University News

Africana studies professor to direct Center for the Study of Race and Ethnicity in America

By
Senior Staff Writer
Tuesday, April 23, 2013

Professor of Africana Studies Tricia Rose was named director of the Center for the Study of Race and Ethnicity in America, according to a University press release.

A regular contributor to several national media outlets, Rose specializes in topics related to African-Americans — including gender and sexuality, politics, popular culture and hip-hop — the last of which is the subject of her award-winning book, “Black Noise: Rap Music and Black Culture in Contemporary America.”

The center, established in 1986, aims to facilitate interdisciplinary discussion about ethnic and racial groups and identities. The center has traditionally managed the University’s ethnic studies concentration, but oversight of the concentration will be transferred to the Department of American Studies this fall, according to the press release.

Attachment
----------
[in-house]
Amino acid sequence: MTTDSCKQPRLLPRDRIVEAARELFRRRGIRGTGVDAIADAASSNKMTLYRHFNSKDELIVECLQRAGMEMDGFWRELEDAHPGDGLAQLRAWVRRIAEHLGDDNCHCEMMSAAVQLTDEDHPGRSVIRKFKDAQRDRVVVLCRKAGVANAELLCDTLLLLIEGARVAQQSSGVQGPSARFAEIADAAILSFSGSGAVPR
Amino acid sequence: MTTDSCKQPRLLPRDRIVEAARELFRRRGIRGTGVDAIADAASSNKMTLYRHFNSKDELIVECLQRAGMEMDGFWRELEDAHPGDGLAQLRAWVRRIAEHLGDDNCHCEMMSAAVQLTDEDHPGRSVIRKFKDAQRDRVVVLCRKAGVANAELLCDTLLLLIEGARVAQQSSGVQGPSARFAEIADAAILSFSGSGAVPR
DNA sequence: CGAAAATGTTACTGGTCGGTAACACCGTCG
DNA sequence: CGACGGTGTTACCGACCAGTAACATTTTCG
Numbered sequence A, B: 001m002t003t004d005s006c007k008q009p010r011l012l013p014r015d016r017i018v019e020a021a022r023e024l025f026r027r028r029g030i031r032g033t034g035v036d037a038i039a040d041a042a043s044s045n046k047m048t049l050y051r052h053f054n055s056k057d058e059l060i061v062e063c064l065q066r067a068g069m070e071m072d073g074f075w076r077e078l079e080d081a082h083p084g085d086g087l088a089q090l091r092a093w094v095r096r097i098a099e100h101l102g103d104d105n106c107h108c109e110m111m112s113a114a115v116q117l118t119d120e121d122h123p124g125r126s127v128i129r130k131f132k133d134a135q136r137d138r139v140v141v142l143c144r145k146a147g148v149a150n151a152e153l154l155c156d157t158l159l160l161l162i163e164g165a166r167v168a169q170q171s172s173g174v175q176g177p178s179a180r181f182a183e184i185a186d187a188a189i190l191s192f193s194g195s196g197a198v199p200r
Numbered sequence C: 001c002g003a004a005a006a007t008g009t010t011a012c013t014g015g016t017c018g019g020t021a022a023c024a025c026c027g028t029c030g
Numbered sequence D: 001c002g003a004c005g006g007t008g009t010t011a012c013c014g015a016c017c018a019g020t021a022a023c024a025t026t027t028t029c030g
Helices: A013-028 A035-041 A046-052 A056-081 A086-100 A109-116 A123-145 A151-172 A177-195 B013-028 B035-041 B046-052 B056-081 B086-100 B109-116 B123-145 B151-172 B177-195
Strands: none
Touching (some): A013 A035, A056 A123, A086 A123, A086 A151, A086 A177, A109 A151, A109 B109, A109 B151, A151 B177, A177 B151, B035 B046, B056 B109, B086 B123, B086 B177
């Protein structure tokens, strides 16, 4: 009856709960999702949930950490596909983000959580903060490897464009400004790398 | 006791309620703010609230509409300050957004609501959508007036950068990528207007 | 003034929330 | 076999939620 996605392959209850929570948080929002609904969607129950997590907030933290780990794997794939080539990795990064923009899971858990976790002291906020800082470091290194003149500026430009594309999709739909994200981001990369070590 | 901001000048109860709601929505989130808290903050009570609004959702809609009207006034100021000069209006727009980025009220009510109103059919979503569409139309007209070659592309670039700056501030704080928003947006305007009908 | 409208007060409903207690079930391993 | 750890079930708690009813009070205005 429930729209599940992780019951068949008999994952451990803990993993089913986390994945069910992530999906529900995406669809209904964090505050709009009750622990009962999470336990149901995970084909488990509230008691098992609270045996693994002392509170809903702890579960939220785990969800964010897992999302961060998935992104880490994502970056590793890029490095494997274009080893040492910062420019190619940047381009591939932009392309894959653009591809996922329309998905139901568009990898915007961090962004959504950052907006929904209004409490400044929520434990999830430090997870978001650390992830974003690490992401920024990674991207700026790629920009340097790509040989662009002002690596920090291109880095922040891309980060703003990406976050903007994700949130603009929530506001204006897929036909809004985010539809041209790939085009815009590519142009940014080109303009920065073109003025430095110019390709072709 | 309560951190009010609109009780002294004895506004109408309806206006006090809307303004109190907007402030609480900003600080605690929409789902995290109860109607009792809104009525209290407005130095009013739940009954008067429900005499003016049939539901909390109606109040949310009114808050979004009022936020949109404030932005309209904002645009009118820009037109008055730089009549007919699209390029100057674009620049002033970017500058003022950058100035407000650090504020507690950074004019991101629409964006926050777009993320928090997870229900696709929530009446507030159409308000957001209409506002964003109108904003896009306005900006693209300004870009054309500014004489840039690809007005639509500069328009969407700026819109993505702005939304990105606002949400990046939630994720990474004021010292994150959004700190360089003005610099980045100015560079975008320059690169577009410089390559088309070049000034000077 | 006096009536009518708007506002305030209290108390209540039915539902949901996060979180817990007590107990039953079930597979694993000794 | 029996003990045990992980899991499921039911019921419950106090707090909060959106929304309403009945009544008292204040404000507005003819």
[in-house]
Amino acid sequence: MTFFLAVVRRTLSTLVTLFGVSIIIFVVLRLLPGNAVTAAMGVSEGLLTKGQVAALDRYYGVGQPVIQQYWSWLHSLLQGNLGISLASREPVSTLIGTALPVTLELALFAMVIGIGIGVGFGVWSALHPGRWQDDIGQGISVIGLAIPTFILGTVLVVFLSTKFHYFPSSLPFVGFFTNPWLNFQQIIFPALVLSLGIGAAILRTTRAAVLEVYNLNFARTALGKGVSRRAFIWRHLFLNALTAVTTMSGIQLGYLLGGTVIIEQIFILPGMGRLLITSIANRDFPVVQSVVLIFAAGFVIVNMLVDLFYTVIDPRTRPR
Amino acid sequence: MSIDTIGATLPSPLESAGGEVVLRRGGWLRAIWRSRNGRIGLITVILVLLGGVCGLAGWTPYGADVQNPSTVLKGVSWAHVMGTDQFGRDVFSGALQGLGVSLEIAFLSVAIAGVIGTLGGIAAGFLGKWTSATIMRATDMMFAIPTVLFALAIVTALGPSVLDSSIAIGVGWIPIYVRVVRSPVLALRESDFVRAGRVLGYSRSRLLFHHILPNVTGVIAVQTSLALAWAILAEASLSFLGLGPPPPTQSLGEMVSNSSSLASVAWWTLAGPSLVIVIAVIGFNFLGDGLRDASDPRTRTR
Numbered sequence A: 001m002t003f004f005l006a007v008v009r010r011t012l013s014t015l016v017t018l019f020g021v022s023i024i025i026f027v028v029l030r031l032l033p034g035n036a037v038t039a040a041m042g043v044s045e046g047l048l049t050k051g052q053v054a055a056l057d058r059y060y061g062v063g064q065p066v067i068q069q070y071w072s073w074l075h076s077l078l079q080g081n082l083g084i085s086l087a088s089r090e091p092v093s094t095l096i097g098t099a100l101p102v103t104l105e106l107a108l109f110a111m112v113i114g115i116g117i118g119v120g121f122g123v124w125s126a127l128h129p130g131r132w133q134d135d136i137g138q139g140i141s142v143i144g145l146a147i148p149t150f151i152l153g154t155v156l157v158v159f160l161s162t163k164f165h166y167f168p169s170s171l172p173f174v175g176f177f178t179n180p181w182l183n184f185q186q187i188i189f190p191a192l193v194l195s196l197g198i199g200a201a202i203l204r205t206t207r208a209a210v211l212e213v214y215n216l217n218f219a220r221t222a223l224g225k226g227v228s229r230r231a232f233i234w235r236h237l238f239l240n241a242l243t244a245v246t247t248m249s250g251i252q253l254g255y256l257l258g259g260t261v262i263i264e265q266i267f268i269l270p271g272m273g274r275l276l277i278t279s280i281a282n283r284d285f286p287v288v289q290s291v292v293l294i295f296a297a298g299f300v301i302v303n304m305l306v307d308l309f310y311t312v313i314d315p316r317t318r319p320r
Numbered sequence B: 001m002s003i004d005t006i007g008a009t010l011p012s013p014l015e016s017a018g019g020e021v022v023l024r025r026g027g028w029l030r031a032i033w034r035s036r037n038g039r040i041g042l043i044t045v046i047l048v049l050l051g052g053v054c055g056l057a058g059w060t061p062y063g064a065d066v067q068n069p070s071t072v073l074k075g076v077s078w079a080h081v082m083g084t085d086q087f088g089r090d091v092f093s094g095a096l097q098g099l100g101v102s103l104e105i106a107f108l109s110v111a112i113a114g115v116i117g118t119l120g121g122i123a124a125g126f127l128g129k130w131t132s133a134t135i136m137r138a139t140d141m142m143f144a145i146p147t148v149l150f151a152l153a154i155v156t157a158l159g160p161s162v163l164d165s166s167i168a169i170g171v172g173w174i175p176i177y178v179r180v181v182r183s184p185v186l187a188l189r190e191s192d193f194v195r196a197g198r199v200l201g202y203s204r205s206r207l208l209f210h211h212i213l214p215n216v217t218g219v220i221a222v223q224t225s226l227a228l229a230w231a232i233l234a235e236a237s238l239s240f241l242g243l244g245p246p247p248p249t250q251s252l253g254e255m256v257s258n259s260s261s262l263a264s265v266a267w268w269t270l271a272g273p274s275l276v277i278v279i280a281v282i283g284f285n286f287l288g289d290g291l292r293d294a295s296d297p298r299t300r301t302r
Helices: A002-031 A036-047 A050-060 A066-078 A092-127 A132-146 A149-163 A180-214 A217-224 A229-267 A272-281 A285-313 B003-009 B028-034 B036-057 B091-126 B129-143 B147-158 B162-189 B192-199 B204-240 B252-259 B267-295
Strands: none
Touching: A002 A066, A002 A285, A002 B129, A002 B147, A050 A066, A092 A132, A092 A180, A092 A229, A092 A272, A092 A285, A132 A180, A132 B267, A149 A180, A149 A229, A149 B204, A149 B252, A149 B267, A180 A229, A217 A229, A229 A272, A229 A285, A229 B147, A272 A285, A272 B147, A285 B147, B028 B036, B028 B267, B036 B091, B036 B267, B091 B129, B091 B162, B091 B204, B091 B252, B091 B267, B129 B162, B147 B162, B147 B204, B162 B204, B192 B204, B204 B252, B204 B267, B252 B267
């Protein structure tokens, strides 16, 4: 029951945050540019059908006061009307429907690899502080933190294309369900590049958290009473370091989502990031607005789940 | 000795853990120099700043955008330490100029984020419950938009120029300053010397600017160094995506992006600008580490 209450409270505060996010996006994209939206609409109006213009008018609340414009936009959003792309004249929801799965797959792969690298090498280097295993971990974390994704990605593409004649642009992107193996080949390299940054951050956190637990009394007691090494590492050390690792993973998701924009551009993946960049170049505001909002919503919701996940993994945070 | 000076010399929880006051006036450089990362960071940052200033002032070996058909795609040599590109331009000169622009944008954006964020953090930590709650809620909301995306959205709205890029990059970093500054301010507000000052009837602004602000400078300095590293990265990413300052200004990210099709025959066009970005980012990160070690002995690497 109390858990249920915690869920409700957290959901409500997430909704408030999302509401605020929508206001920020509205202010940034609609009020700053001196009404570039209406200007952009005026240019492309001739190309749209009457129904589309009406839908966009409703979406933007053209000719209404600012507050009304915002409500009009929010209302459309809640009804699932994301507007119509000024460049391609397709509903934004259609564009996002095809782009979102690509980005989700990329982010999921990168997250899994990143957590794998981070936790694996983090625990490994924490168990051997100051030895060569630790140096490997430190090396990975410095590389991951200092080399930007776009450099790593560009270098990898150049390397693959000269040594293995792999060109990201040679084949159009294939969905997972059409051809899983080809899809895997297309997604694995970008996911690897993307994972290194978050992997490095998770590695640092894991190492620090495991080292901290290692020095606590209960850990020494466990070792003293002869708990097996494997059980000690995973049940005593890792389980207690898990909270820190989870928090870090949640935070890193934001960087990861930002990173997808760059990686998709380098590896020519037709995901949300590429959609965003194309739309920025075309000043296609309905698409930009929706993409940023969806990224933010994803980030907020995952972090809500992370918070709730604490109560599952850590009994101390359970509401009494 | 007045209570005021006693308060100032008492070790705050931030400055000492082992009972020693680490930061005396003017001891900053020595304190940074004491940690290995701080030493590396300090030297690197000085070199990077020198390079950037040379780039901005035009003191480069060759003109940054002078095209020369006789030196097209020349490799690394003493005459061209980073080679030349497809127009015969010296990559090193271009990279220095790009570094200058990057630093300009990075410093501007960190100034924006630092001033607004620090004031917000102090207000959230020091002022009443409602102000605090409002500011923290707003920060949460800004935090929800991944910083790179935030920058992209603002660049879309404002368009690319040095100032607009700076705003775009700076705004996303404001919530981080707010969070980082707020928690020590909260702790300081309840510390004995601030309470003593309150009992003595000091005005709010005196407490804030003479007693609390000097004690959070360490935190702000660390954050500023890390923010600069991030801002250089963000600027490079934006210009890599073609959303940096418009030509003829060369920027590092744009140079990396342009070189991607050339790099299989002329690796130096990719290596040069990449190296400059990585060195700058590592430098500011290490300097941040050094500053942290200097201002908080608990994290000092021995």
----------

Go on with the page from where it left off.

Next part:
“We are delighted that Tricia will be taking over this highly important leadership position at Brown,” said Dean of the Faculty Kevin McLaughlin P’12 in the press release. “Her influential, widely discussed scholarship and her commitment to intellectually responsible discourse … make her an ideal choice to take over leadership of this important center.”

Under Rose’s leadership the center will offer “faculty and graduate student workshops, art and media exhibits and performances, faculty seminars, postdoctoral fellowships and center-sponsored faculty and student events,” according to the press release. Her plans also include establishing “The Third Rail,” a lecture series that will address topics like affirmative action and immigration policy.

Rose will assume leadership of the center on July 1, replacing current director Evelyn Hu-DeHart, professor of history.

Jordan DeLoach ’15, who took AFRI 0620: “African-American Life in the City” with Rose in the fall, said the course was the best she has taken at Brown so far, adding that Rose emphasizes the material’s relevance to students’ daily lives. DeLoach described Rose as an “extremely enthusiastic” professor and “very funny.”

“Everyone is just drawn to her,” DeLoach said. “She really understands our culture, so she’s able to talk to us in ways we can understand and relate to.”

“The way that (Rose) taught the course is what made it such a good course,” said Kenya Wright ’15, who also took AFRI 0620, adding that Rose is “passionate,” “well-informed” and “engaging.”

DeLoach said that whatever new elements Rose brings to the center are sure to be “dynamic and interesting.”